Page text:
Top 5 Greatest Pieces of Classical Christmas Music

Published on 25 December 2020 at 00:25

Christmas classical music

When our surroundings change drastically and times get difficult, we like to have things to hold on to. No matter how bad a situation gets, there will always be those nostalgic memories that are set in stone with nothing that could take them away. It supports and comforts us, which is most needed during times like these.

Music may very well be the most powerful tool to showcase this. Right now, we need the Christmas spirit more then ever, which is where this music might come in helpful. Many people don't research a piece when listening to it, which is understandable. Still, there are many pieces that have such a wonderful story to tell that it would be a shame not to elaborate on them. It truly enriches a piece to listen to them with the context in which they were written. This is why we are taking a special look at the top 10 greatest classical pieces for Christmas.

1. Schubert – Ave Maria

It is by far the most popular classical Christmas piece out there with a staggering combined viewership above 300 million views on YouTube alone. Ave Maria are the first two words of a prayer in the Roman Catholic church, of which the story is based on the salutation of the angel Gabriel to the Virgin Mary and the words of Elizabeth to her. People are quick to compare this to heaven's music which suits the early romantic time-period during which Schubert lived. The Romantic era is often associated with the golden age of opera, of which this piece is a great example.

2. Tchaikovsky - March Of The Toy Soldiers

This piece tells a story about a young girl Clara, celebrating her birthday with her family, including her uncle Drosselmeyer. After gifting her various presents, he gifts her a toy nutcracker which her brother breaks out of jealousy. Later in the evening, Clara gets curious and looks for her present under the Christmas tree. Eventually she finds it after which she begins to dream and the Christmas tree begins to grow in her imagination. The Nutcracker grows and a fight with the Mouse King breaks out. To find out how the story ends, I strongly recommend watching this performance yourself.

3. Tchaikovsky - Dance of the Sugar Plum Fairy

This is the third movement in The Nutcracker pas de deux. You hear what Tchaikovsky called "a divinely wonderful sound". The instrument wasn't popular in Russia yet, so he decided to buy it and take it with him. You may recognize this sound from several Harry Potter films and various Walt Disney movies, which regularly use the same sweet, mystical and twinkling sound as The Nutcracker.

It isn't very difficult to grasp how the association with Christmas came about. Apart from the association with another Nutcracker performance The March Of The Toy Soldiers which takes place during Christmas time, this piece has become a Christmas hit because of its charming sound.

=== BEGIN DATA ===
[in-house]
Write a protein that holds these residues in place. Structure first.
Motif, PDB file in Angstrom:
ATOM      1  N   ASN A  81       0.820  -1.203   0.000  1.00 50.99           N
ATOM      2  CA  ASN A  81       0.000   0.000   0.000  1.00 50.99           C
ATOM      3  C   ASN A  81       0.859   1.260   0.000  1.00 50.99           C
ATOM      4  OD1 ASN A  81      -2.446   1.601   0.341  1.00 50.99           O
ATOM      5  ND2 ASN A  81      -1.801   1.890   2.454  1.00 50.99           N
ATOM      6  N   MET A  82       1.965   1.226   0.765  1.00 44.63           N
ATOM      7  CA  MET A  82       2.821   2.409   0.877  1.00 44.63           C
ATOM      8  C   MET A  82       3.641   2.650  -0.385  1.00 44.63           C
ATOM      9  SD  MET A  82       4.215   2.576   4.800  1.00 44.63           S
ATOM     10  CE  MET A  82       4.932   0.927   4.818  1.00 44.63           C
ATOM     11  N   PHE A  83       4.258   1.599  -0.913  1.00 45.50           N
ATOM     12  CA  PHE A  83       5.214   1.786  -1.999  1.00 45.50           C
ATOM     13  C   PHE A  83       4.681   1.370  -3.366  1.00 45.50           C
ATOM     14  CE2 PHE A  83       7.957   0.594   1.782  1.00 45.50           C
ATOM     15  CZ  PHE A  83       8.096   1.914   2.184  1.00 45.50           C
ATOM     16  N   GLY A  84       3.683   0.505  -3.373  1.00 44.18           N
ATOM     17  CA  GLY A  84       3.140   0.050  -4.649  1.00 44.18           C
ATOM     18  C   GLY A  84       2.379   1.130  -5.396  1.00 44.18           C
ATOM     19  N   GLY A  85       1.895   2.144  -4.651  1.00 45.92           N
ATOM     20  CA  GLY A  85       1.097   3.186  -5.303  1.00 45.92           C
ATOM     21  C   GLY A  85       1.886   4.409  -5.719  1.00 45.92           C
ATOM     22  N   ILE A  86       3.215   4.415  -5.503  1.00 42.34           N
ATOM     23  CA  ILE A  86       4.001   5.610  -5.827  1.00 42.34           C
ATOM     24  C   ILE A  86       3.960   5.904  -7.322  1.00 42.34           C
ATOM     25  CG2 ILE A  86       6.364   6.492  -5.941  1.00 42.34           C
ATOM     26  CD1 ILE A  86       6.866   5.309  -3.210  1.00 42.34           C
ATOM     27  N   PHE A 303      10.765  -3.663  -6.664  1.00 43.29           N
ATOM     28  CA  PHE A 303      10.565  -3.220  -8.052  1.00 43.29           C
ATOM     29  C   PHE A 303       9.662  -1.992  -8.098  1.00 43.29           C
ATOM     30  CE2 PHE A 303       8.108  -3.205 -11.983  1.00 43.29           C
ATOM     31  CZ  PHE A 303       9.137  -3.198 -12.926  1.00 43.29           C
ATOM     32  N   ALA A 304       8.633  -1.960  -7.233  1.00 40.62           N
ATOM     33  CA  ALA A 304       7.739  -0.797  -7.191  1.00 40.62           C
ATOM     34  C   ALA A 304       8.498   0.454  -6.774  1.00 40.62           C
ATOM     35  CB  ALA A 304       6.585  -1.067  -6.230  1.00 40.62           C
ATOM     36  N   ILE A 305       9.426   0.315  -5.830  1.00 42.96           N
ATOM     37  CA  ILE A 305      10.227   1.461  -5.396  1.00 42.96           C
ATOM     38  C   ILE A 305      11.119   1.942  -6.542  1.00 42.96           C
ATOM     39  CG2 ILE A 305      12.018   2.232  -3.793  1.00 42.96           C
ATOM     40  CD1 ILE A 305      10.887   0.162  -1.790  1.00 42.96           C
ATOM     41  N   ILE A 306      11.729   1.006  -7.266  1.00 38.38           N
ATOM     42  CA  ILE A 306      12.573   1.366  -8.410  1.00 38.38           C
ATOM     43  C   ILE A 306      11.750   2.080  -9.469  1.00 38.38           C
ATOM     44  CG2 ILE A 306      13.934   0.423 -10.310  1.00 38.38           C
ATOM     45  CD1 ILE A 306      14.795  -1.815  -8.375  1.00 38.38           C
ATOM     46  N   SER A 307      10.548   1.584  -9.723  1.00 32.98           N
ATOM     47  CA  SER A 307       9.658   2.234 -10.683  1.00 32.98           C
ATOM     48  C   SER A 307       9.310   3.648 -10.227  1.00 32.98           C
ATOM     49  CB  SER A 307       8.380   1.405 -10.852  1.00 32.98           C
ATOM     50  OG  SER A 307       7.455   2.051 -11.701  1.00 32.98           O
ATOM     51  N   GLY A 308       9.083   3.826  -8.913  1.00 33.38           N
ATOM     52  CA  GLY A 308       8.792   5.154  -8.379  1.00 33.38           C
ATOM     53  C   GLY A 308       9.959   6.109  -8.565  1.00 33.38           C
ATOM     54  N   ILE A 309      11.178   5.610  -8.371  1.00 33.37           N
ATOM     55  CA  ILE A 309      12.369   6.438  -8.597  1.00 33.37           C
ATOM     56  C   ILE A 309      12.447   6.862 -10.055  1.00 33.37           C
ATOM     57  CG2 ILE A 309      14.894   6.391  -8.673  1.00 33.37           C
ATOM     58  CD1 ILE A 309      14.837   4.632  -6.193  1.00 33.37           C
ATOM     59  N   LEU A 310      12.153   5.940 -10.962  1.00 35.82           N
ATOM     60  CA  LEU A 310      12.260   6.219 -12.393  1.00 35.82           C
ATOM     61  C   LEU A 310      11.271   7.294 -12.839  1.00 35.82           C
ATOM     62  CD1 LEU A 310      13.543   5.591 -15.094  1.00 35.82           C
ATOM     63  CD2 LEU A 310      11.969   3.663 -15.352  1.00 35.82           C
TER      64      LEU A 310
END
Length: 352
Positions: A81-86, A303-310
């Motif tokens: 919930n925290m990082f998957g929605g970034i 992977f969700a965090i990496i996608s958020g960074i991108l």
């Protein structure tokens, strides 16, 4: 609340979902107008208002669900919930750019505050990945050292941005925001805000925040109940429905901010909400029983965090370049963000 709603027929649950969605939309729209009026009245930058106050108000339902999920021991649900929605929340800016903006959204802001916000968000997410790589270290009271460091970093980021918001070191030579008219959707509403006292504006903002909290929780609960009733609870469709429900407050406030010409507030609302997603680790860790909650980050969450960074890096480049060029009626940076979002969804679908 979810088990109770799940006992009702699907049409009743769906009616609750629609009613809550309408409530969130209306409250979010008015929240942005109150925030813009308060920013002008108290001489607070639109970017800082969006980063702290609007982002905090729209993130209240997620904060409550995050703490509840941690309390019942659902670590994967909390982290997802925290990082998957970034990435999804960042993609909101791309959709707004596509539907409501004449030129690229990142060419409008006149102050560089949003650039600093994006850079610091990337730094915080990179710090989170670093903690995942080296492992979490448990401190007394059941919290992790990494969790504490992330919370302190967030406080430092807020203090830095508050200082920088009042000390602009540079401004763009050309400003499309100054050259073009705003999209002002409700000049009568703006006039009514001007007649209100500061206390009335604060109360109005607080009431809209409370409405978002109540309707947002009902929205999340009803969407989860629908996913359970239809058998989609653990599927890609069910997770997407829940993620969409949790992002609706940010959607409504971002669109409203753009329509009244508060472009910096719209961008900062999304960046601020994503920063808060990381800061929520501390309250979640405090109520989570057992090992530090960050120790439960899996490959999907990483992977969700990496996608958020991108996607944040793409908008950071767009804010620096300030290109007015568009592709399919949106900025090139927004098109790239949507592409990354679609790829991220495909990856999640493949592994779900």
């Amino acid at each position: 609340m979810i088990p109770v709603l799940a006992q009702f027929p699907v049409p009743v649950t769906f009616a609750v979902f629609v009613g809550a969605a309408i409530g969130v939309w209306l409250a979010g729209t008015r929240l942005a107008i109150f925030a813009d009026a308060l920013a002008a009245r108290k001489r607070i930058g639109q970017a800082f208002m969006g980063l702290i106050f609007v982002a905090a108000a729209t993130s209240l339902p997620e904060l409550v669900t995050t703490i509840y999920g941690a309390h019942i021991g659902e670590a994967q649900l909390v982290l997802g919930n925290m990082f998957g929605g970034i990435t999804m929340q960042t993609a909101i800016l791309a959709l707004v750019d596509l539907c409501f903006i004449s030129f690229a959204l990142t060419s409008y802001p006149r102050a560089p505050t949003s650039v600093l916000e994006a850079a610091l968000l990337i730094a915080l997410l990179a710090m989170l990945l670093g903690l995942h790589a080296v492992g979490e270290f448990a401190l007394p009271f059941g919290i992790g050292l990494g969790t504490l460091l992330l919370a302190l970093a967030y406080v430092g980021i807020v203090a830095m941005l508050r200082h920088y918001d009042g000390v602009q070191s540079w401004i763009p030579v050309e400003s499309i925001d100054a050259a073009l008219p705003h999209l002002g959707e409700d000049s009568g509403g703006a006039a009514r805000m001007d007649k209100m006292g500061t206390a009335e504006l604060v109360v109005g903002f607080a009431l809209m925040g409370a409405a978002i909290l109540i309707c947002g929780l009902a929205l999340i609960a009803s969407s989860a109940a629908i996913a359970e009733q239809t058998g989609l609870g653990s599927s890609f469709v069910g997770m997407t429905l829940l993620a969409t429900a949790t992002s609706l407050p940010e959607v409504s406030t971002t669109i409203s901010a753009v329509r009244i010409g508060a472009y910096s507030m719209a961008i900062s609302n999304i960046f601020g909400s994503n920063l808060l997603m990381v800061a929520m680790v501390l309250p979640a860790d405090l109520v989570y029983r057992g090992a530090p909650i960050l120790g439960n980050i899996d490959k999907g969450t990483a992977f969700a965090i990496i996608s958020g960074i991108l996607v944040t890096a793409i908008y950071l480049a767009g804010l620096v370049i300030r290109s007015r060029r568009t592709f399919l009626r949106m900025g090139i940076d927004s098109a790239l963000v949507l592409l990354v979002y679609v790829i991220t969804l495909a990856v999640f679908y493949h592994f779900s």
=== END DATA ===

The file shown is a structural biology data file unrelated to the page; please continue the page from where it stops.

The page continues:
4. Prokofiev - Troika

This is the fourth movement of Prokofiev's Lieutenant Kijé, which was his first attempt at composing film music. The fast pace, imitated by using rapid pizzicato and the tambourine which adds a sense of haste, is used to give off an impression of a traditional Russian winter's journey. Often times, a three-horse sled (called a troika in Russian, hence the name of the piece) was used to make the journey.

Although Prokofiev didn't specifically write this for Christmas, this piece has been adapted into pop-music several times, for example in Greg Lake's best-selling pop song I Believe in Father Christmas. To find out what makes it such a Christmas banger, just give it a listen yourself.

5. Bach - Christmas Oratorio, BWV 248

This wouldn't be a valid Christmas Top 5 without including Bach's oratorios or cantatas. Bach in particular has made an enormous amount of religious music in the form of chorals like oratorios, cantates, masses, motets and passions which get performed to this day. Bach intended BWV 248 in particular, to be performed during the so called Twelve Days of Christmas (otherwise known as Christmas season).

Before you start admiring Bach for composing a series of compositions bundled into one BWV with an impressive duration of one hour and fifteen minutes as shown in the video, it should be noted that the entire work is nearly three hours. In short, don't worry about getting bored soon if you happen to like Bach's chorals because you're in for another few hundreds of hours.

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